This pale, sweaty robot hand wants to take romantic walks with you

From Japan comes a soft, warm motorized hand that lets you "experience holding your girlfriend's hand more easily than finding a girlfriend."

Leslie Katz Former Culture Editor
Leslie Katz led a team that explored the intersection of tech and culture, plus all manner of awe-inspiring science, from space to AI and archaeology. When she's not smithing words, she's probably playing online word games, tending to her garden or referring to herself in the third person.
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Leslie Katz
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"Oh, yeah, I'll tell you somethin' I think you'll understand..."

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Sometimes you just want a warm hand to hold, but there aren't any around. At least not any connected to humans. That's where a new robotic hand out of Japan comes in. It's covered with a soft pliable gel to feel more like skin than machine, and when you squeeze it, it squeezes back. 

Four engineers from Gifu University created the motorized device to let users "experience holding your girlfriend's hand more easily than finding a girlfriend." 

In its current form, Osampo Kanojo ("My Girlfriend in Walk," in English), is a cumbersome-looking wearable contraption with wires and a track that might detract from the romance of long, leisurely strolls. But though a disembodied hand can't take the place of a real inamorata, its creators have taken several steps to increase the realism. 

A cloth inside the hand emits the fragrance of a woman's shampoo. Sounds of your virtual girlfriend's steps and breathing, and the rustle of her clothes, play through an accompanying app on your smartphone. And if you want the warm hand to seem a little nervous (definitely a sign it likes you), you can even make it sweat. Just add a damp cloth between the heater and the "skin" and bits of moisture escape through small pores in the material.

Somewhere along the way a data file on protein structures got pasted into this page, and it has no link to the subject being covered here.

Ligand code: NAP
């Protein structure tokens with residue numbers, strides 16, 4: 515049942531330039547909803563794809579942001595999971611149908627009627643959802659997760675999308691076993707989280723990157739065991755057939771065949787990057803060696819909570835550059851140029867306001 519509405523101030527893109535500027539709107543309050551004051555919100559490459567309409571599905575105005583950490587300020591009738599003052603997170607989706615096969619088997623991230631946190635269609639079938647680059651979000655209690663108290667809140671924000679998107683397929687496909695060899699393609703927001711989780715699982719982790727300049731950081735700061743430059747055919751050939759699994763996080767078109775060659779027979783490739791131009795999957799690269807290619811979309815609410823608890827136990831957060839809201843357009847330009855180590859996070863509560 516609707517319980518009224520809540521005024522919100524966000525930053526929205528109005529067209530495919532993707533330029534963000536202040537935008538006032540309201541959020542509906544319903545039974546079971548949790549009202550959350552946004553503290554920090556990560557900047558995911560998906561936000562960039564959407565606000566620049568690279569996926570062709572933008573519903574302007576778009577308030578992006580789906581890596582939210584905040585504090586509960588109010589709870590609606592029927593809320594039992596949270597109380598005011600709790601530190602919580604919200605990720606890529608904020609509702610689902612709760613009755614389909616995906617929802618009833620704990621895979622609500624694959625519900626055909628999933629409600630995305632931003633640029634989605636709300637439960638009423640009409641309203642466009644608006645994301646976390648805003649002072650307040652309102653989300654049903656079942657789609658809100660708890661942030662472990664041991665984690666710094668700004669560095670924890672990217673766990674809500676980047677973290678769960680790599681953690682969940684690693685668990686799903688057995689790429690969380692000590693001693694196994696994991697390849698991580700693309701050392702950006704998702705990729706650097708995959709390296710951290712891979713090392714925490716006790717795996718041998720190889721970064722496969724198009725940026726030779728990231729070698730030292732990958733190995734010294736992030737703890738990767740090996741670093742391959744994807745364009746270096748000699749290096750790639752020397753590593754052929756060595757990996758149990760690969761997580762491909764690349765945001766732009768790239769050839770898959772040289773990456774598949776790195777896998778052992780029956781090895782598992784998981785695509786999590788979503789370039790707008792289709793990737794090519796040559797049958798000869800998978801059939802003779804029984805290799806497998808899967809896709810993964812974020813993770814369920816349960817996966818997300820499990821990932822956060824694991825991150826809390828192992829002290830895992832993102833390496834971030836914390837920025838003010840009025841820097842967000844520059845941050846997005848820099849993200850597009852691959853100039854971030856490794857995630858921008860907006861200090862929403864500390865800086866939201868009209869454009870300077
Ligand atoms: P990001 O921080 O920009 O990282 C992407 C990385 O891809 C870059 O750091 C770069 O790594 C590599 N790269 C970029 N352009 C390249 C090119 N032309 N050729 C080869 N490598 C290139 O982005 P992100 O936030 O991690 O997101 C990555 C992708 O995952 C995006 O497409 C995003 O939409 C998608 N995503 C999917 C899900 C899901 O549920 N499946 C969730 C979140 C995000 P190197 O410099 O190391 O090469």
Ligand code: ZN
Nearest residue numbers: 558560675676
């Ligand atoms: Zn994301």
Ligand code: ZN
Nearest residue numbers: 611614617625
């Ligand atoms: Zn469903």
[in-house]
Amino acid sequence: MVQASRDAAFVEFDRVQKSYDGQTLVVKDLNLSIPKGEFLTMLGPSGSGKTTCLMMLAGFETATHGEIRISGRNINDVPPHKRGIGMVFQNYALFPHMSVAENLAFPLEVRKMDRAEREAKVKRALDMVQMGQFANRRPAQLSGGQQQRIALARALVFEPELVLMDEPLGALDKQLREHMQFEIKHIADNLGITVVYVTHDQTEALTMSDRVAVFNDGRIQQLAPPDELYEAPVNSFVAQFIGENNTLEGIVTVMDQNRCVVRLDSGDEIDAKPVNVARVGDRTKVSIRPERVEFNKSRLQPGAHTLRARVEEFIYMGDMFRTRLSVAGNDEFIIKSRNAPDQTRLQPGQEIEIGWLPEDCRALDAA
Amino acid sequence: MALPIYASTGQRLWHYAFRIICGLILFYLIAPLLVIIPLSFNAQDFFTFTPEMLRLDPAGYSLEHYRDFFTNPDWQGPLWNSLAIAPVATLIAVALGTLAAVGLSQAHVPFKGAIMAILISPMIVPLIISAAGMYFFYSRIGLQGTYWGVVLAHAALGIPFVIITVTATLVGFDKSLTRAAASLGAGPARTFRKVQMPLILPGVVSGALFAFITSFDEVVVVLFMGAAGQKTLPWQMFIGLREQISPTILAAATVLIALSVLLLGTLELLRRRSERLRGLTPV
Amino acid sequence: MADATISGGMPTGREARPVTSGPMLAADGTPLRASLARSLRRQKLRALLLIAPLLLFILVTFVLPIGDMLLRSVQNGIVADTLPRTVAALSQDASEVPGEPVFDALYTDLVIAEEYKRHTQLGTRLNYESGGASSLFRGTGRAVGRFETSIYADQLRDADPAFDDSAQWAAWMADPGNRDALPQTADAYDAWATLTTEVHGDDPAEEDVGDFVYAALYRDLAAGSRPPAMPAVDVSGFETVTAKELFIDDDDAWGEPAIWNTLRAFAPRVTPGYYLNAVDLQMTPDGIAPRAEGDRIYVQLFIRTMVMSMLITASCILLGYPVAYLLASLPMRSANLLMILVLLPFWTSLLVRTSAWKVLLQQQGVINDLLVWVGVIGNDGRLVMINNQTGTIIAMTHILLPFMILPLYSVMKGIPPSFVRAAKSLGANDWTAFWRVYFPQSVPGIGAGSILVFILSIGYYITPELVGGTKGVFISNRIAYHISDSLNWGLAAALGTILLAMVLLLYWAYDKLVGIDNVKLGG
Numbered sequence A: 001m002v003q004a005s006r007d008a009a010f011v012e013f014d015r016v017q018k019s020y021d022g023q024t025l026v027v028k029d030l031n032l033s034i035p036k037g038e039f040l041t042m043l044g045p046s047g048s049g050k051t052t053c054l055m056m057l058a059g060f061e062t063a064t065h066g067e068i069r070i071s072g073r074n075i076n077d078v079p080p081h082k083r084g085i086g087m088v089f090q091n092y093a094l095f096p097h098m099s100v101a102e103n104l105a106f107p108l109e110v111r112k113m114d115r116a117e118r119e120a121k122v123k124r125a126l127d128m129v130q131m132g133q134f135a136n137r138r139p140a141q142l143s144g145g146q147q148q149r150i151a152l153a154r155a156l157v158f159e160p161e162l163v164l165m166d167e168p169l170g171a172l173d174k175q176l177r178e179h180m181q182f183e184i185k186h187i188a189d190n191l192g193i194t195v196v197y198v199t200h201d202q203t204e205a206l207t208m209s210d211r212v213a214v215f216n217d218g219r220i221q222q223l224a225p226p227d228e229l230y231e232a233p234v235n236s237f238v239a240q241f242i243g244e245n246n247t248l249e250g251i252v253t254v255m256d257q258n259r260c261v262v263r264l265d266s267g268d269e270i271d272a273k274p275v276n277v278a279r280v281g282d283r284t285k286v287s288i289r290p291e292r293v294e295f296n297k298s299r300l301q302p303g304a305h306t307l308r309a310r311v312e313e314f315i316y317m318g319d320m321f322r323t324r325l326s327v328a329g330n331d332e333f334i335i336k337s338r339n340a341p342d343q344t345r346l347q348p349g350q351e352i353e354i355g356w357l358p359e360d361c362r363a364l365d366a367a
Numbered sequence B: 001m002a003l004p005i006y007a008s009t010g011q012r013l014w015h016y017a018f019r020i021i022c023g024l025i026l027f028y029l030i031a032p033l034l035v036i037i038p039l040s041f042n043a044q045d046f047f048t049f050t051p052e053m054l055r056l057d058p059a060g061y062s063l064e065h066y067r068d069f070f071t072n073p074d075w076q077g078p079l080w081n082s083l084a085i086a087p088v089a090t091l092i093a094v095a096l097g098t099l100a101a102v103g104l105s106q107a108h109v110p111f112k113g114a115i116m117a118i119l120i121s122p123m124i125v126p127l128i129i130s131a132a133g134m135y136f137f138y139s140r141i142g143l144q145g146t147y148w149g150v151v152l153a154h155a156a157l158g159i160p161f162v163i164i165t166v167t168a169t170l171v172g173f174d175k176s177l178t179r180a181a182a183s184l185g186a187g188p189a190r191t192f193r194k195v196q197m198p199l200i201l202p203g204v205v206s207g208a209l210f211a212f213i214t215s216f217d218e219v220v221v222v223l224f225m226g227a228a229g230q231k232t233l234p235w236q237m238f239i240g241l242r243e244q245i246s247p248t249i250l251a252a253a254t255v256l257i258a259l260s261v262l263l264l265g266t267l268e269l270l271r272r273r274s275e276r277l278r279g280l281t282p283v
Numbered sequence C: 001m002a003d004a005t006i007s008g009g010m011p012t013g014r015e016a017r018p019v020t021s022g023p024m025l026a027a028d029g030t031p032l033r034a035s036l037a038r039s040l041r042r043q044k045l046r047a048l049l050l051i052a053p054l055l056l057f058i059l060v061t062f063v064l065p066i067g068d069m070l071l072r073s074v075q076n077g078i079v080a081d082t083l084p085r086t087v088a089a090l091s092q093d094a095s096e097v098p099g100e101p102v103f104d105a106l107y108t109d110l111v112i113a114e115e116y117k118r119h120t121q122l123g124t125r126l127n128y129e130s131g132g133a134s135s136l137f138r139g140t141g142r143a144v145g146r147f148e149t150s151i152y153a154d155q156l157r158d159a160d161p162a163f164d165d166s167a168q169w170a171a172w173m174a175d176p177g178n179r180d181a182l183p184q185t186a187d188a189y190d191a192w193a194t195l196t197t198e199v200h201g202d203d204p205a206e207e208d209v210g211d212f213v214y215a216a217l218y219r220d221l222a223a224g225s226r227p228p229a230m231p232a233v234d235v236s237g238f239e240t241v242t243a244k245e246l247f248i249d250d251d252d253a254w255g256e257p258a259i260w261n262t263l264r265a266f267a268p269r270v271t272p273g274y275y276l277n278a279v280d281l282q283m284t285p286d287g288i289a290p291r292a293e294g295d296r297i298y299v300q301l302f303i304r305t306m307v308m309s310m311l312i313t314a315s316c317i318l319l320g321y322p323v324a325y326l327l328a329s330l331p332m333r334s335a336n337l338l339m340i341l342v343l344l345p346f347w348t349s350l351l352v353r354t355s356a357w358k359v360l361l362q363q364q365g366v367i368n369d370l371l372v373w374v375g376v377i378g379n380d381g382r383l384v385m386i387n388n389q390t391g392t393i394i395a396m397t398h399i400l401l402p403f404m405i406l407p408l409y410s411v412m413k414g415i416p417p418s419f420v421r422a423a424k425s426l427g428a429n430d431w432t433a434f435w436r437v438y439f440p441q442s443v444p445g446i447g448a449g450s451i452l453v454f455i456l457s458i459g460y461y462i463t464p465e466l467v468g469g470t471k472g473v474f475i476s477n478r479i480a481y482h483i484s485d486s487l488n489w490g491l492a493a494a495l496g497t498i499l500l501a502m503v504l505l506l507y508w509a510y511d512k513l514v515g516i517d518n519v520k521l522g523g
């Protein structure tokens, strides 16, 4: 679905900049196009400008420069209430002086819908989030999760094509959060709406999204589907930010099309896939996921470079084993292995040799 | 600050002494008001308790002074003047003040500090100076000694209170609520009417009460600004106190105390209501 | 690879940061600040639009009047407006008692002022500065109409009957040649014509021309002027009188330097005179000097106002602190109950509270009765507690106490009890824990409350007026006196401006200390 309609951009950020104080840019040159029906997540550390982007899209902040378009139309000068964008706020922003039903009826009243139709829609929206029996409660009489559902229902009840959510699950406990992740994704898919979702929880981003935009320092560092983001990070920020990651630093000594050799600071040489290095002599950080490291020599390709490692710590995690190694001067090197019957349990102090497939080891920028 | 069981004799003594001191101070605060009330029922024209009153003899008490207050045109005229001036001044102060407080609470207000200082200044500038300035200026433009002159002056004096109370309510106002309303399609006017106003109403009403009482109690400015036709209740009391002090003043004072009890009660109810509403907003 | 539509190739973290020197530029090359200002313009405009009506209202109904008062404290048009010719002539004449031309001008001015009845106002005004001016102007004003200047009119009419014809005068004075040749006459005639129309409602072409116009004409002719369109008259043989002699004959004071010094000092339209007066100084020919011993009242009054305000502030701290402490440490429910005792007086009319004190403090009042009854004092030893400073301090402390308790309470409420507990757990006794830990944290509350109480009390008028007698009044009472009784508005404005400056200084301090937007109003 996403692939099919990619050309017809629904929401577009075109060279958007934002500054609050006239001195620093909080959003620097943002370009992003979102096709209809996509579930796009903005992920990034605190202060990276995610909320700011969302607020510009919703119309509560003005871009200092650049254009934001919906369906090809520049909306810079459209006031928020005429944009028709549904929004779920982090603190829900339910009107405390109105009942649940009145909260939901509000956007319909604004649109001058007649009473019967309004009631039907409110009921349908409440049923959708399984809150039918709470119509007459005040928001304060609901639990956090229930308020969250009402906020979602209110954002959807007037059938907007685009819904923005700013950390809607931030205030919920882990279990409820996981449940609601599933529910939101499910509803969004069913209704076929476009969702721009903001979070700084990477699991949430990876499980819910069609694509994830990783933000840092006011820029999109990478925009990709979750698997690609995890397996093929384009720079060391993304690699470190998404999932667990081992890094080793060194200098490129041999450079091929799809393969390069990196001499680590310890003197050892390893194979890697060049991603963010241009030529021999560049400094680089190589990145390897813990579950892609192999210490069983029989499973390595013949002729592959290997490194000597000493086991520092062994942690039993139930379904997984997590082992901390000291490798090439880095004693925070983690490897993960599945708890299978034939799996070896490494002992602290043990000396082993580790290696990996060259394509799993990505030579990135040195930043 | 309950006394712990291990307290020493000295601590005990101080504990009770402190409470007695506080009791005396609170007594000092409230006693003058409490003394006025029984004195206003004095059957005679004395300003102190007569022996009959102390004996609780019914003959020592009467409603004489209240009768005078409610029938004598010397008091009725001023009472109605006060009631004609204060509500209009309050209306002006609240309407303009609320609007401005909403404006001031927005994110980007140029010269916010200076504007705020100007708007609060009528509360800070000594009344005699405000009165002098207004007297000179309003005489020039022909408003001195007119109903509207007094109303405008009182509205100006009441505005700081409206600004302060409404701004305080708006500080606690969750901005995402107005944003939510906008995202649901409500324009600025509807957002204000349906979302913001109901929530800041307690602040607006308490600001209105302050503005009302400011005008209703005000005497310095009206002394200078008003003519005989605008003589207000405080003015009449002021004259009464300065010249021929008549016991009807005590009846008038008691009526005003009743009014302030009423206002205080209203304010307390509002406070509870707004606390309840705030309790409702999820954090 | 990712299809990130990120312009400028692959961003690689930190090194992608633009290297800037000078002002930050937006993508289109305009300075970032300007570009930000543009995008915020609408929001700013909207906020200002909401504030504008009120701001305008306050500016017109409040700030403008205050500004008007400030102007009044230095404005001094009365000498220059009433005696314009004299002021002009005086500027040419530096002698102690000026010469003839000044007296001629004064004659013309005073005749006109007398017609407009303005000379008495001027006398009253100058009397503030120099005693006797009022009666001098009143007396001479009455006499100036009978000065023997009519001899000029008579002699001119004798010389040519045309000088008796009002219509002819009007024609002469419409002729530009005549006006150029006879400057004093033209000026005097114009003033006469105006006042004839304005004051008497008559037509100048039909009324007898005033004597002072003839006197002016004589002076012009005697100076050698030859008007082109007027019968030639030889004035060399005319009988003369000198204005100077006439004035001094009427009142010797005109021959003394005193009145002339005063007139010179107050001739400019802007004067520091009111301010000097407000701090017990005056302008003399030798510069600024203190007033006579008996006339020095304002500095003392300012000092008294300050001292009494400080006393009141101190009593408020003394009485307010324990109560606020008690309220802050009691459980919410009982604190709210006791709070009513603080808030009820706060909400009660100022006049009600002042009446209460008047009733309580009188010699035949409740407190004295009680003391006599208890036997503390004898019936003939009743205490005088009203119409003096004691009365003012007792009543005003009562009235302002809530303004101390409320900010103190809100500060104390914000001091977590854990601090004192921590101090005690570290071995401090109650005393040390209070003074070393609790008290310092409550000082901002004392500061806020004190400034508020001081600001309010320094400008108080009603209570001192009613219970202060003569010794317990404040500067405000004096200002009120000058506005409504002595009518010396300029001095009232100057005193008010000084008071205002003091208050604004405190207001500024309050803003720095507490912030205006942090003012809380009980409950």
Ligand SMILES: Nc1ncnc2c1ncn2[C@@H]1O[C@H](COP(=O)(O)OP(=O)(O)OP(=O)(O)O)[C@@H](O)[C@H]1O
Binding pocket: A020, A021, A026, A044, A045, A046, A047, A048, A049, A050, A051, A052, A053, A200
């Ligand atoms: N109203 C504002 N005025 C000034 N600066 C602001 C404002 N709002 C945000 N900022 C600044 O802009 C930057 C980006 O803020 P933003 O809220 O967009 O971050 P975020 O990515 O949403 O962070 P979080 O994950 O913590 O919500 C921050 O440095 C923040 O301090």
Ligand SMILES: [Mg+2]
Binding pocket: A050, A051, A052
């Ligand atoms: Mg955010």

That the hand comes from Japan, land of robots for every occasion, shouldn't come as a surprise. Japan has also seen its share of virtual girlfriends, with one resort even becoming a vacation hub years back for guys who like to treat their digital dates to sun-and-fun getaways.

Osampo Kanojo creators note that finding a girlfriend isn't always easy. But as SoraNews 24 points out, they also see their invention as a potential tool for comforting people isolated during the coronavirus pandemic. Say what you will about walking around attached to a pale set of mechanized fingers, but a growing body of research does link loneliness to a range of health problems.  

No word yet if or when the hand might be widely available or whether it'll be looking for dates on Tinder.